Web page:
Map Pin D: We Brake for Old Sh*t
If you’re a photographer who loves lonely windmills, faded barn wood and dust-bowl era abandoned buildings set against stark, limitless horizons, then get your keister to western Nebraska. So many cool photo ops.
Map Pin E: Scotts Bluff is the Real Deal
Next, we drove north to Gering and Scottsbluff, Nebraska, to hike the Saddle Rock Trail of Scotts Bluff. Scotts Bluff National Monument is the perfect place to binge on Mormon Trail, California Trail and Oregon Trail history. The visitor center is loaded with exhibits. You can view wagon wheel ruts just past the parking lot, and there are loads of interpretive signs and points of interest at the top of Saddle Rock.
You have the option of driving to the top, or you can hike the 3-mile RT asphalt trail that provides 435 feet of elevation gain and some pretty cool views.
This hike isn’t a slam dunk. There are plenty of possible perils on the trail, such as falling rock (they aren’t kidding … I swear the bluff erodes before your eyes), rattlesnakes in the summer, and of course THIS:
Map Pin F: Sam Screams for Ice Cream
At this point in our journey, Sam set his laser beam focus on food. We stopped at Runza, a fast-food restaurant big in Nebraska. Sam inhaled a twist cone, crinkle-cut fries and his very first gut-busting mushroom and Swiss cheese salty-beef-melty-sandwich stomach rock. In the heartland, they call it the #5. Once again, THIS:
We used to have a Runza in Fort Collins where Dunkin’ Donuts stands today. According to a map on the restaurant wall in Gering, the only Runza left in Colorado is in Loveland. NoCo, you’ve been warned.
Map Pin G: Torrington Turning Point and the Turkey Trots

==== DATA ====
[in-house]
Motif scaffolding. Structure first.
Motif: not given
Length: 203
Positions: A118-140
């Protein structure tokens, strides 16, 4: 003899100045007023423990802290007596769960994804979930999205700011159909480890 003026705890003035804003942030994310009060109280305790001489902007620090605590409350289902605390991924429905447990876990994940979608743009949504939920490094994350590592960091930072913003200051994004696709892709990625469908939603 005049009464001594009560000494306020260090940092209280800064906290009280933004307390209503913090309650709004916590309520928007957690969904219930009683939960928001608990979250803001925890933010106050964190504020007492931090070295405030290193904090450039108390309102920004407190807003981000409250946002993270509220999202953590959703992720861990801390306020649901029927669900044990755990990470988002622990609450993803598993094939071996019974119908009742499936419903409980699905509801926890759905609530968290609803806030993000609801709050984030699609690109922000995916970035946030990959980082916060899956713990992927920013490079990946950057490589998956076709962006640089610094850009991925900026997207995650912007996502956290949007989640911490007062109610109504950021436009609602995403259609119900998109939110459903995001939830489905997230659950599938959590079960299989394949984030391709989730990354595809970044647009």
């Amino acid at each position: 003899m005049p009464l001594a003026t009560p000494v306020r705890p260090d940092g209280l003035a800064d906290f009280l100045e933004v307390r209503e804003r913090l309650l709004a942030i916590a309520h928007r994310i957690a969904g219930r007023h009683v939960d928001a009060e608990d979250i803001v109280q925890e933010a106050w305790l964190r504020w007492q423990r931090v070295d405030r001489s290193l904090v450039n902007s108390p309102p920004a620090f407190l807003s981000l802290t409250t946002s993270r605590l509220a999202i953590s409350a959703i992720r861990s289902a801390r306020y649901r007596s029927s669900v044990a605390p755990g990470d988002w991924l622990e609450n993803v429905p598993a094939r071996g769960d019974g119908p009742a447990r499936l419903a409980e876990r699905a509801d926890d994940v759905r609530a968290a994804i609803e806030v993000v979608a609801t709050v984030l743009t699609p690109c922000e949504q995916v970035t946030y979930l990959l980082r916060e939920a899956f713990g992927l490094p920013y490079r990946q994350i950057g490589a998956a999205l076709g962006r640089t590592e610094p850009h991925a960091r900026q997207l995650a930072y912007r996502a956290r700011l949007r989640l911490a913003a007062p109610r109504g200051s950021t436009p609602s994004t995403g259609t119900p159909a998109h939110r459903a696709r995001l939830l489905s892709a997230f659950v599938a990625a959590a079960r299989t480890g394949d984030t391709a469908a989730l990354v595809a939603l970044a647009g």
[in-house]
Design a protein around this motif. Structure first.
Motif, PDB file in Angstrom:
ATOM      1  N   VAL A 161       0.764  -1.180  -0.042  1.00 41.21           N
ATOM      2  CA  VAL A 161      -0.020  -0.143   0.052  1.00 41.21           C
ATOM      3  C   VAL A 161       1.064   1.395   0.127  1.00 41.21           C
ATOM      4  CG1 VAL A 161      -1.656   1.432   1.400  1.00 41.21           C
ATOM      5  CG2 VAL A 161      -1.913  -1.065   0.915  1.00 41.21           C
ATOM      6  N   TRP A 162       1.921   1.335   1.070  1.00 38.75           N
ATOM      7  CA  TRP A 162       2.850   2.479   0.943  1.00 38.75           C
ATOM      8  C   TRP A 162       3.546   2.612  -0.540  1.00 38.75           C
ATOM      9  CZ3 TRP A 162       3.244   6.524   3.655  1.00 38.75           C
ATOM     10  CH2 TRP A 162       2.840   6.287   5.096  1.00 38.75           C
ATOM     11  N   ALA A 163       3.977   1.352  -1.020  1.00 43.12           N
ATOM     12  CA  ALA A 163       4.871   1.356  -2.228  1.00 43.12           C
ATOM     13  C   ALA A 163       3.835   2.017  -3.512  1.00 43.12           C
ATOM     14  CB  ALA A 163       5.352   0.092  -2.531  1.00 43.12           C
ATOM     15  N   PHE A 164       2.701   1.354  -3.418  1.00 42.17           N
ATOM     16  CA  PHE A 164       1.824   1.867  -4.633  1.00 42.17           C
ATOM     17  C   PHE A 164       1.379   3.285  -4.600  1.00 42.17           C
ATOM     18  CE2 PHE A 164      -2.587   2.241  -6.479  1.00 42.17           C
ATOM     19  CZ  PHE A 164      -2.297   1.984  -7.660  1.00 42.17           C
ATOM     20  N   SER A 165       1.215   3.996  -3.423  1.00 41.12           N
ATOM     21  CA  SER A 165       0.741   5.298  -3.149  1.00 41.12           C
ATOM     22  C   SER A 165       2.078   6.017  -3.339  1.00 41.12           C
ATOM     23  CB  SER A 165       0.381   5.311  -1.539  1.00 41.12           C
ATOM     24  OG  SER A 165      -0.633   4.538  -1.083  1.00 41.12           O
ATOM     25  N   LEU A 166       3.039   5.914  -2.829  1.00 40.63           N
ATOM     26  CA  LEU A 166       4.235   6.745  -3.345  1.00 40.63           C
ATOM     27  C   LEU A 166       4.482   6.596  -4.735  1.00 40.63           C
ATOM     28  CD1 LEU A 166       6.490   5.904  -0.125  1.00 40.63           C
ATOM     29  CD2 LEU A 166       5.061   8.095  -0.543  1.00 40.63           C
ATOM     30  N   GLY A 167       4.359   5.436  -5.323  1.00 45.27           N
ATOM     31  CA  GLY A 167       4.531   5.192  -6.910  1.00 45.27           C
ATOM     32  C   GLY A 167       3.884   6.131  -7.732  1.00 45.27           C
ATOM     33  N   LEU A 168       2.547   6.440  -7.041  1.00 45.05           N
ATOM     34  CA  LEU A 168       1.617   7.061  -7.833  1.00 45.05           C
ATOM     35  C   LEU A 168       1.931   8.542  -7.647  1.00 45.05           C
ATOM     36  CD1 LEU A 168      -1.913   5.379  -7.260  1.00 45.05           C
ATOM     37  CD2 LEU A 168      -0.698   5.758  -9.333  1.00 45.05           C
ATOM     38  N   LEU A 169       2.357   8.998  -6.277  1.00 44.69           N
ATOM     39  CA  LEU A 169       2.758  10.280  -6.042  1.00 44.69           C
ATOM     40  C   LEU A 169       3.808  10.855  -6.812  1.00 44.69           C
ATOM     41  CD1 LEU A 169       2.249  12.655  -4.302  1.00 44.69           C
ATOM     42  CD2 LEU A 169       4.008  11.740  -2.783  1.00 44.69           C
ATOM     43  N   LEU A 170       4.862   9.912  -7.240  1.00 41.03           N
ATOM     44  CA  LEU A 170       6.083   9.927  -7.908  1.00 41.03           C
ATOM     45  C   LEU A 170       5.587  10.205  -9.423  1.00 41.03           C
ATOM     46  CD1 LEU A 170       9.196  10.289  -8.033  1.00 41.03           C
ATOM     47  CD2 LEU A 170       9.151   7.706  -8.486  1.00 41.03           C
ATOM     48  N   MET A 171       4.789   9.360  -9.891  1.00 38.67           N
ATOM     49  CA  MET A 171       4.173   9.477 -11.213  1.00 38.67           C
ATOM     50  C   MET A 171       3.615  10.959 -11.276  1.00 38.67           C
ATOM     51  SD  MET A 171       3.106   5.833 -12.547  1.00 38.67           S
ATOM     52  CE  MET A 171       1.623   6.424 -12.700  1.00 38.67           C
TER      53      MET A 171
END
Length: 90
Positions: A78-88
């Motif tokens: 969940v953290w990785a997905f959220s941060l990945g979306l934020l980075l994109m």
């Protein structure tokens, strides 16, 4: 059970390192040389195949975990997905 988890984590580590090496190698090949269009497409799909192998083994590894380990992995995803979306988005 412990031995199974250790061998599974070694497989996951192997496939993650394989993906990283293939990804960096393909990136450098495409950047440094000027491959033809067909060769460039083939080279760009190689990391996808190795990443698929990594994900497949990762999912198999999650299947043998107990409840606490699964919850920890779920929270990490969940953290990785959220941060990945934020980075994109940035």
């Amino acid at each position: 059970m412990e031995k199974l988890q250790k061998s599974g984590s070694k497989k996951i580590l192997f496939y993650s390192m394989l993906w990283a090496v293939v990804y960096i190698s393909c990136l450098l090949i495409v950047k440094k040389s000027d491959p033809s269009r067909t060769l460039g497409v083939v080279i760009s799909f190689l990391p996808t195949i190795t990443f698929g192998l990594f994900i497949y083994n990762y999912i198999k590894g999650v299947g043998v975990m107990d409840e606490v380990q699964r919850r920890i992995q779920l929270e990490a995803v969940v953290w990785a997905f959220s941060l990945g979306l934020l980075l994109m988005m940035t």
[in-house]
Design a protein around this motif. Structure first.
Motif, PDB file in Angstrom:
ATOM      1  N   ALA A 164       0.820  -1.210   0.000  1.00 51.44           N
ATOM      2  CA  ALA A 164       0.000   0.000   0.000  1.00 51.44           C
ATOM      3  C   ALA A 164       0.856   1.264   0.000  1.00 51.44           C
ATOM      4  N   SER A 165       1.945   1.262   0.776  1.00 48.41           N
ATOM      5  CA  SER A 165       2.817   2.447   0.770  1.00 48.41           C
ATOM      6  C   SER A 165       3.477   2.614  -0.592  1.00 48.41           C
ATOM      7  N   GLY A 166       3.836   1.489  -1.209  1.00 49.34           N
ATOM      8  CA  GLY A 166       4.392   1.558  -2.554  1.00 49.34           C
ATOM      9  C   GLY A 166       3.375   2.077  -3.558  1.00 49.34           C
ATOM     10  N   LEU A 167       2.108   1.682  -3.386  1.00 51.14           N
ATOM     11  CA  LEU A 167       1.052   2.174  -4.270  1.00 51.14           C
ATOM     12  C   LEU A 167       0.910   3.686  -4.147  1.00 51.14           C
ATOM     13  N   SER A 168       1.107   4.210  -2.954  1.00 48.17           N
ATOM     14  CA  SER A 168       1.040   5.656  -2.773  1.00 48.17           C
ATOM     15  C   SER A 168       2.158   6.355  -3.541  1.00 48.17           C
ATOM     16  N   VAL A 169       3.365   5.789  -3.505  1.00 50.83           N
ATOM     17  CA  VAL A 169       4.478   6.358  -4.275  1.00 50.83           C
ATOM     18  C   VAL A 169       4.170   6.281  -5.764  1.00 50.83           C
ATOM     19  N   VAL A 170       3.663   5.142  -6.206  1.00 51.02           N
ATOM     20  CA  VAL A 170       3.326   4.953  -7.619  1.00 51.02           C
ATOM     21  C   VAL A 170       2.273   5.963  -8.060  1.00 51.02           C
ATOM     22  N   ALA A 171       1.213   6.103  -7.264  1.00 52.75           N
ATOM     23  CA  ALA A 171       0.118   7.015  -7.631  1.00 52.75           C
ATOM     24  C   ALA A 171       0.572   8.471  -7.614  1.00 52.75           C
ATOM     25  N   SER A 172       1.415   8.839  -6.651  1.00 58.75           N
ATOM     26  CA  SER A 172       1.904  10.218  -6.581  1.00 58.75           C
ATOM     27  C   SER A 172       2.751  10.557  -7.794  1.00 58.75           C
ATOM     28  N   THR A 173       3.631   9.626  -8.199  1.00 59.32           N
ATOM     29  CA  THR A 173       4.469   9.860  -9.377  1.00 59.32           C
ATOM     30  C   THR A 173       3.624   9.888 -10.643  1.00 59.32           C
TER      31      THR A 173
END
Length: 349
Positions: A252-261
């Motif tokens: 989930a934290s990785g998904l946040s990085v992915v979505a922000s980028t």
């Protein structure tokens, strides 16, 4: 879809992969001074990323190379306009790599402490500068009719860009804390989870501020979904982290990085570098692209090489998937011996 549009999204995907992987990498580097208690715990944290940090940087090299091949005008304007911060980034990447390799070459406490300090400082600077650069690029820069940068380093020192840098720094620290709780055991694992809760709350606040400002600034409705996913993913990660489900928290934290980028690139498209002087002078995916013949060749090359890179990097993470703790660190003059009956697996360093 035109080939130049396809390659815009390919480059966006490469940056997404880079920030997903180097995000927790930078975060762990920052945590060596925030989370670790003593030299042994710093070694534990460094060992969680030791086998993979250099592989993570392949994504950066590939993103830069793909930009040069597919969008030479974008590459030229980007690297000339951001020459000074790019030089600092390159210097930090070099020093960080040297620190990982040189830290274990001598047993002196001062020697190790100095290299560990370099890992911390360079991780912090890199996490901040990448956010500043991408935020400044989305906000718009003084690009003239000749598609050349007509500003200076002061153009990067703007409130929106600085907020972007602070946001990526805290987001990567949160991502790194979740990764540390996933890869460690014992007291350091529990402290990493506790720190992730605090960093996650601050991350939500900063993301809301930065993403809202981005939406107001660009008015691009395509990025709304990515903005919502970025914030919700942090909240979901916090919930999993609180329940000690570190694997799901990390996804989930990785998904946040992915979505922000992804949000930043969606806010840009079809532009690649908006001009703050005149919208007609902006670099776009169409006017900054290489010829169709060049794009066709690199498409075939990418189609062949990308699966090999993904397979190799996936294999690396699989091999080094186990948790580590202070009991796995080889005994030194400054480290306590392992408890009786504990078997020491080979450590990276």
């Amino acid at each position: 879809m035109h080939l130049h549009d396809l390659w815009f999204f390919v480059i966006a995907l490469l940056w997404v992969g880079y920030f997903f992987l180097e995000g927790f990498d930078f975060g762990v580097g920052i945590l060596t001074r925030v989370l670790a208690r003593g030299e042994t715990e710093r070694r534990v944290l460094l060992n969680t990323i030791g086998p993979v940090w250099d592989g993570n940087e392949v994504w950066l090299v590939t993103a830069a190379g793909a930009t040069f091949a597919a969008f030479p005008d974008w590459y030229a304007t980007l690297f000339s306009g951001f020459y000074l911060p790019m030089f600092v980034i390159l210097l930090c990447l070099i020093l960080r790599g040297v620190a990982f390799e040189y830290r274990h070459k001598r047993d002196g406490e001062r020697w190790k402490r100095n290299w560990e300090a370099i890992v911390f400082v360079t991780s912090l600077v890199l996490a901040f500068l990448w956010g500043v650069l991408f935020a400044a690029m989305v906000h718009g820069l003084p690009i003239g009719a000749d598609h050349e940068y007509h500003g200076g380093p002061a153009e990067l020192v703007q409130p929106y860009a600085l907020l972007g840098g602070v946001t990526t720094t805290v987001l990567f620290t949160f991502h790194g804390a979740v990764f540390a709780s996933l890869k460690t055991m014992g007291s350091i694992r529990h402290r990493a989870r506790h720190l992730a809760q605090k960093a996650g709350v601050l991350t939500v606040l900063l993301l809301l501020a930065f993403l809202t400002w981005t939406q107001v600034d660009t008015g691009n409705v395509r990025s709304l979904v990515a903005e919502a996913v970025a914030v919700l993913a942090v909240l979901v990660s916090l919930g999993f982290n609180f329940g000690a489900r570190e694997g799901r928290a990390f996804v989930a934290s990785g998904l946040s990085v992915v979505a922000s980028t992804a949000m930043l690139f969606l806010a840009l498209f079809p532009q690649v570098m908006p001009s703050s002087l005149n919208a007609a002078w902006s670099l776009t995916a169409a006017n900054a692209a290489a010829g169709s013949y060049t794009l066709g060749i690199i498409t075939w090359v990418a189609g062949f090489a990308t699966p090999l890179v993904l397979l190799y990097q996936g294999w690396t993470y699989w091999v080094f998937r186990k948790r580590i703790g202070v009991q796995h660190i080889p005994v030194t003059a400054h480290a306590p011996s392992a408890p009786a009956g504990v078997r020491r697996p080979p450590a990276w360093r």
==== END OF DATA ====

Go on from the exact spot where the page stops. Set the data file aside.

Somehow Sam survived the Runzas, and we headed toward Torrington, Wyoming – our turning point home. I want to point out that along the back roads of eastern Colorado, western Nebraska and southern Wyoming, we saw an amazing amount of wildlife. Song birds, hawks, bison (not so wild, but very cool), deer and pronghorn galore, to name a few.
Along Highway 85 outside of Torrington, Sam pulled over so we could hear and watch a flock of nearly 40 wild turkeys. As we hit the road again, Sam spied a male pheasant on the other side of the highway. We smiled from ear to ear as we counted, and re-counted, all the different animals we saw in one day.
Map Pin H: “H” is for Home
We stopped just north of Cheyenne to enjoy a beautiful sunset then headed south for home. After logging 350 miles, we made it back to our front door by 8:06pm. Our biggest takeaways:
- Taking the road less traveled is a wonderful escape from the traffic and congestion of local trails, Front Range cities, and popular mountain destinations.
- The high plains are filled with wildlife and interest if we’re willing to give this area our attention.
- Our neighboring states have some cool things to explore.
- We’re eager to go birding at Pawnee National Grassland in a few months.
- As long as you have plenty of food, water and gas, it’s fun to keep your plans open when traveling rural roads. It gives you the flexibility to spontaneously stop and enjoy the good surprises that pop up along the way.